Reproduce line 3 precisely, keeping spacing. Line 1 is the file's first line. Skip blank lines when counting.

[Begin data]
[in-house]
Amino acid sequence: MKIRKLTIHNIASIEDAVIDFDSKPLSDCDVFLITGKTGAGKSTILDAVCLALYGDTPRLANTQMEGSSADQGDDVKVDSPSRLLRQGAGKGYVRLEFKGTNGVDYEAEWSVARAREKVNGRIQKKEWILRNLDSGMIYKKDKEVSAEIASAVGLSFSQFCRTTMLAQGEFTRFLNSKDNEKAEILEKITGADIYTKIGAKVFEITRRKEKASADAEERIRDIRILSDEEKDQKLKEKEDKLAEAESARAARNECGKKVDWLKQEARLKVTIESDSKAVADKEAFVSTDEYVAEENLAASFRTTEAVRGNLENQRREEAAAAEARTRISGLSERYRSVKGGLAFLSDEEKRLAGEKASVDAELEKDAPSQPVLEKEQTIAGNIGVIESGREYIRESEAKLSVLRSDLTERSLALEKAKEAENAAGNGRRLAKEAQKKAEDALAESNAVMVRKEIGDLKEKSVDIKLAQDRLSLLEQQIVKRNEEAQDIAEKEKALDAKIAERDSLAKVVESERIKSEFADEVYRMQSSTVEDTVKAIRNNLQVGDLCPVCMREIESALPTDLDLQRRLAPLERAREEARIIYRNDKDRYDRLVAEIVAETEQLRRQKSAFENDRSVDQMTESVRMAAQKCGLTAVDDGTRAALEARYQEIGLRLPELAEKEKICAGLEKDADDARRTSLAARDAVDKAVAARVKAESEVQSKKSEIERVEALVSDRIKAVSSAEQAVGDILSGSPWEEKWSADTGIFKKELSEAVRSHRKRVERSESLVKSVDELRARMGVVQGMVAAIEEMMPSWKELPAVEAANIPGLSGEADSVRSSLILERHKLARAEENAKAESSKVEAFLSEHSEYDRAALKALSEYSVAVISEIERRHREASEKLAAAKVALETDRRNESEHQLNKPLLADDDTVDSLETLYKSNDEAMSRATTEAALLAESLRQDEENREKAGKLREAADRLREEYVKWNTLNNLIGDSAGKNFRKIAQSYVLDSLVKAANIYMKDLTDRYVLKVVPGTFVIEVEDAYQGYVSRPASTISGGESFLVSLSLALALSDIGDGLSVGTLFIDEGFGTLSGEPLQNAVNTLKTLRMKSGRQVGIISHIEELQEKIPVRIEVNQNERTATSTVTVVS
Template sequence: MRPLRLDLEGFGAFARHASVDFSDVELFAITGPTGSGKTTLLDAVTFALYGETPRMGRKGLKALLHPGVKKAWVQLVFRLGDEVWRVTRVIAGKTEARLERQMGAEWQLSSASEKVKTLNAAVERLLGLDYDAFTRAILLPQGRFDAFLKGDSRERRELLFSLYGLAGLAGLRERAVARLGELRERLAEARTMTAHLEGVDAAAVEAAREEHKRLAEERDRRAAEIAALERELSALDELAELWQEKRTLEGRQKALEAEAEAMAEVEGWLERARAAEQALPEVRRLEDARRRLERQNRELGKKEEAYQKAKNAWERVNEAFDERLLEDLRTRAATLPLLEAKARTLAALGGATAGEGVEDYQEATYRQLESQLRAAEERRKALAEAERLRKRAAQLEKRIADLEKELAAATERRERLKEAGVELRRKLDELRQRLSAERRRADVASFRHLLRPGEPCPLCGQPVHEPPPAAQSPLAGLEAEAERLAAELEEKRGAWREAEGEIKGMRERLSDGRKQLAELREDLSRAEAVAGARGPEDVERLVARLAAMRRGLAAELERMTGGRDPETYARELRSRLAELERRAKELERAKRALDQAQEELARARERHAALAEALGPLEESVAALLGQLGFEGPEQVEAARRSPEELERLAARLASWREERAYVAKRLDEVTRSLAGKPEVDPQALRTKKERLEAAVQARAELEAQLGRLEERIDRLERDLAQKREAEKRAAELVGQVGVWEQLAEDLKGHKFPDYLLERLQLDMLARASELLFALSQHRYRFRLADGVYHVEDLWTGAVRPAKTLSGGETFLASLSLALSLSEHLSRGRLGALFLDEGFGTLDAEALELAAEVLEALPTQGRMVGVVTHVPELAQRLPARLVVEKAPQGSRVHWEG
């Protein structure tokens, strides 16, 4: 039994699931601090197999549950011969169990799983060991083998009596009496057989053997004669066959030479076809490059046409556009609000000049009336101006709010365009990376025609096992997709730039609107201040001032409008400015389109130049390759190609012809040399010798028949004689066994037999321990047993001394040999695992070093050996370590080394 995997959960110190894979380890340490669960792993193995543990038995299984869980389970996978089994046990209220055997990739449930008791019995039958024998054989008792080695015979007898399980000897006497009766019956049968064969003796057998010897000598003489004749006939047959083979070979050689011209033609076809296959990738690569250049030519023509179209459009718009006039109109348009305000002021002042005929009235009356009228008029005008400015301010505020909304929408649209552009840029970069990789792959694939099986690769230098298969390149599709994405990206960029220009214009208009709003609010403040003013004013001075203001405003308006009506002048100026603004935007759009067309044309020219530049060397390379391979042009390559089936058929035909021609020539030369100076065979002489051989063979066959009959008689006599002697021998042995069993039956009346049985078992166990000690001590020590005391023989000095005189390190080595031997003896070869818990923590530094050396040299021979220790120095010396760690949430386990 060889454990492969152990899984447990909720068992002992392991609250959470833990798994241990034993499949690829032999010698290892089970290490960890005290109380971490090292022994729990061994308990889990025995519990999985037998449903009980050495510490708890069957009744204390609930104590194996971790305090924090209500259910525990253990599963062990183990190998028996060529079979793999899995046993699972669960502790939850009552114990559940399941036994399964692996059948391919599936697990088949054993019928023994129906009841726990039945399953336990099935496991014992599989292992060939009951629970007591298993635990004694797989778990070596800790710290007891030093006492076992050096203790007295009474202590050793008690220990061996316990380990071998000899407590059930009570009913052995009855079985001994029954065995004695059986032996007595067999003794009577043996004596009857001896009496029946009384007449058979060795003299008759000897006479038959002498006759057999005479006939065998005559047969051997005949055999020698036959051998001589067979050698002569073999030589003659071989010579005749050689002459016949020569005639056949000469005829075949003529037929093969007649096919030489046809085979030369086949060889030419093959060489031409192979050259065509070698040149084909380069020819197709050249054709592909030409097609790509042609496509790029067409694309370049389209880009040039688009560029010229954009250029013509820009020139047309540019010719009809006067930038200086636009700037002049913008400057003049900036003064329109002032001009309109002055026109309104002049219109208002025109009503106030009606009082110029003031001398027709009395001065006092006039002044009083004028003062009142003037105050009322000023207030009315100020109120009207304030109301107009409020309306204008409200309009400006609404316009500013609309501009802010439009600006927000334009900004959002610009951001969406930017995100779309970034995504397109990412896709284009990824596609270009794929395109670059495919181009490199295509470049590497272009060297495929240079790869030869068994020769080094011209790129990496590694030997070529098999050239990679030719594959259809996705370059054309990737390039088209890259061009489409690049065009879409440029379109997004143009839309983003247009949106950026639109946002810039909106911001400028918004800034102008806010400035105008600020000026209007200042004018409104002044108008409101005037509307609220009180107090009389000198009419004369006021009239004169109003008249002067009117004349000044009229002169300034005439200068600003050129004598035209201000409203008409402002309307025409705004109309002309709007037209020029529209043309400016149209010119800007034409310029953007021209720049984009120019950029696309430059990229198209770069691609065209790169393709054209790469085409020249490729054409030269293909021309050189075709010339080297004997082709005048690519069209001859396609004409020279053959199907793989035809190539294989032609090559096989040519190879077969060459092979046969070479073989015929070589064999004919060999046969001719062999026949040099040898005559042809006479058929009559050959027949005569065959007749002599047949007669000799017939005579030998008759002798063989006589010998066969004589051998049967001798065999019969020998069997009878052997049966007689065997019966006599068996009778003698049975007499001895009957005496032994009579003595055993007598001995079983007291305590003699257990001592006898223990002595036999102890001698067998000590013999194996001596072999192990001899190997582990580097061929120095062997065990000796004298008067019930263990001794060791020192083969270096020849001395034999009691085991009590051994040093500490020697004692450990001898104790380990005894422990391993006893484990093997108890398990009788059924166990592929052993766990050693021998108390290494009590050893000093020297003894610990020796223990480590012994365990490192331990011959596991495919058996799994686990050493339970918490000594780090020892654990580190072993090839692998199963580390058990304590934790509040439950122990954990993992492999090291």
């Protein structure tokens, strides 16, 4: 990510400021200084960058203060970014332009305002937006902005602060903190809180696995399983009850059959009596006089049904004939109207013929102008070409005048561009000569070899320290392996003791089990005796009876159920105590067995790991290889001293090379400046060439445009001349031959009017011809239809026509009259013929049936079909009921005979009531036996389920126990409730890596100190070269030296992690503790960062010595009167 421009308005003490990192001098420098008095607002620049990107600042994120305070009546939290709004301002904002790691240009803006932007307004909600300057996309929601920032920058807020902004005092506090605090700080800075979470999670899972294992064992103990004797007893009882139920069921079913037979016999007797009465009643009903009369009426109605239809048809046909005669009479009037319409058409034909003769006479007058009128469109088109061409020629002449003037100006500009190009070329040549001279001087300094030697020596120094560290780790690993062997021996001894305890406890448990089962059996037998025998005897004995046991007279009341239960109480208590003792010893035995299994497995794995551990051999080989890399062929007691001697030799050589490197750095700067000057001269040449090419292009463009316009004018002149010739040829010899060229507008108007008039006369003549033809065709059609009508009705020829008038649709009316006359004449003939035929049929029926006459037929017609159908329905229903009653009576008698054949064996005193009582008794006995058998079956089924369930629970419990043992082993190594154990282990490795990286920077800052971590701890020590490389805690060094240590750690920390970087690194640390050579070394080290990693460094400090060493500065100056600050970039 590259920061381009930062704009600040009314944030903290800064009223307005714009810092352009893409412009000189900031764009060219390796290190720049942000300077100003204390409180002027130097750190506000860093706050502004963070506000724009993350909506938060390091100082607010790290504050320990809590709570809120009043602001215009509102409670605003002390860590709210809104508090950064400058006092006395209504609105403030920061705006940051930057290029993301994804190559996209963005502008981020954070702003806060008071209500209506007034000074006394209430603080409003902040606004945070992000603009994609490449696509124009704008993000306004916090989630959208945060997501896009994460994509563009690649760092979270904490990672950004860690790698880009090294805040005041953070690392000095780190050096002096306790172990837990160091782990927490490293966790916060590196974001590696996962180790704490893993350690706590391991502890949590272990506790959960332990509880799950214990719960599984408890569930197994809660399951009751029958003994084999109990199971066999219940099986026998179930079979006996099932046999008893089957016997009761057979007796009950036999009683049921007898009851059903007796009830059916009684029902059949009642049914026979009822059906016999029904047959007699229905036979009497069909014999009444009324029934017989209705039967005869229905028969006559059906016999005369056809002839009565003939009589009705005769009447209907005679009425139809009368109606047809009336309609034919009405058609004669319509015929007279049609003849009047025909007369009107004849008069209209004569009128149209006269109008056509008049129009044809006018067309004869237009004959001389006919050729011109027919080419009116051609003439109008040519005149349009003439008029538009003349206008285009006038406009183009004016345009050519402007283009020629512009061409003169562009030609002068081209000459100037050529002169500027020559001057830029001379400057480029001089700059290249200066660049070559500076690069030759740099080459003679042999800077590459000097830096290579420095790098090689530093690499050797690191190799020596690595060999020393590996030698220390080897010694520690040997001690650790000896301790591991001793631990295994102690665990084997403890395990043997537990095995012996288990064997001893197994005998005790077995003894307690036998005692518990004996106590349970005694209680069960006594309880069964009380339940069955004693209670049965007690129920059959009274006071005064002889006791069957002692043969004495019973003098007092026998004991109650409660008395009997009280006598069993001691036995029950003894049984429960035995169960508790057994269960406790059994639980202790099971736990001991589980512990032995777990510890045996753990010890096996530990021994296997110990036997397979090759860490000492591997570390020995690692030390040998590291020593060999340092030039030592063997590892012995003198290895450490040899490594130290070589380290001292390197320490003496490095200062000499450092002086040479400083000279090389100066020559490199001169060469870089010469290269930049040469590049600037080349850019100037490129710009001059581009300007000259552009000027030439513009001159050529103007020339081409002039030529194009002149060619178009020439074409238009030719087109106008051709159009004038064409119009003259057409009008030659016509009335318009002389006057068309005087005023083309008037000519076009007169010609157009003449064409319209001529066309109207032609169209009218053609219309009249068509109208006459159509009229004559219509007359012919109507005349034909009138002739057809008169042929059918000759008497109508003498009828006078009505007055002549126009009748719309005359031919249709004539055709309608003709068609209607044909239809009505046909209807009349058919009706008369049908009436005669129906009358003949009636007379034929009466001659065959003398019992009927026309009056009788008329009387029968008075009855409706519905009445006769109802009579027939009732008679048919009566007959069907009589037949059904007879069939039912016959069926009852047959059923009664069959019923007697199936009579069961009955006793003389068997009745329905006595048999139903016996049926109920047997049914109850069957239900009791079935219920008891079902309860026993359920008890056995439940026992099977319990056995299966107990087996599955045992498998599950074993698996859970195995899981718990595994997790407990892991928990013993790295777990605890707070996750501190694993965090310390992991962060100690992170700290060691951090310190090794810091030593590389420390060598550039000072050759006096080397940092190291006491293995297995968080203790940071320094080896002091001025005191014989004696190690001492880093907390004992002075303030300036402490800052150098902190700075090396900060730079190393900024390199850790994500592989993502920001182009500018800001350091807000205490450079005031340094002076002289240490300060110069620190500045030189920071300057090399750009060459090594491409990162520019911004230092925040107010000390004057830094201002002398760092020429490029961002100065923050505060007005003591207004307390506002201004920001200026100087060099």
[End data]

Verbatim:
Template sequence: MRPLRLDLEGFGAFARHASVDFSDVELFAITGPTGSGKTTLLDAVTFALYGETPRMGRKGLKALLHPGVKKAWVQLVFRLGDEVWRVTRVIAGKTEARLERQMGAEWQLSSASEKVKTLNAAVERLLGLDYDAFTRAILLPQGRFDAFLKGDSRERRELLFSLYGLAGLAGLRERAVARLGELRERLAEARTMTAHLEGVDAAAVEAAREEHKRLAEERDRRAAEIAALERELSALDELAELWQEKRTLEGRQKALEAEAEAMAEVEGWLERARAAEQALPEVRRLEDARRRLERQNRELGKKEEAYQKAKNAWERVNEAFDERLLEDLRTRAATLPLLEAKARTLAALGGATAGEGVEDYQEATYRQLESQLRAAEERRKALAEAERLRKRAAQLEKRIADLEKELAAATERRERLKEAGVELRRKLDELRQRLSAERRRADVASFRHLLRPGEPCPLCGQPVHEPPPAAQSPLAGLEAEAERLAAELEEKRGAWREAEGEIKGMRERLSDGRKQLAELREDLSRAEAVAGARGPEDVERLVARLAAMRRGLAAELERMTGGRDPETYARELRSRLAELERRAKELERAKRALDQAQEELARARERHAALAEALGPLEESVAALLGQLGFEGPEQVEAARRSPEELERLAARLASWREERAYVAKRLDEVTRSLAGKPEVDPQALRTKKERLEAAVQARAELEAQLGRLEERIDRLERDLAQKREAEKRAAELVGQVGVWEQLAEDLKGHKFPDYLLERLQLDMLARASELLFALSQHRYRFRLADGVYHVEDLWTGAVRPAKTLSGGETFLASLSLALSLSEHLSRGRLGALFLDEGFGTLDAEALELAAEVLEALPTQGRMVGVVTHVPELAQRLPARLVVEKAPQGSRVHWEG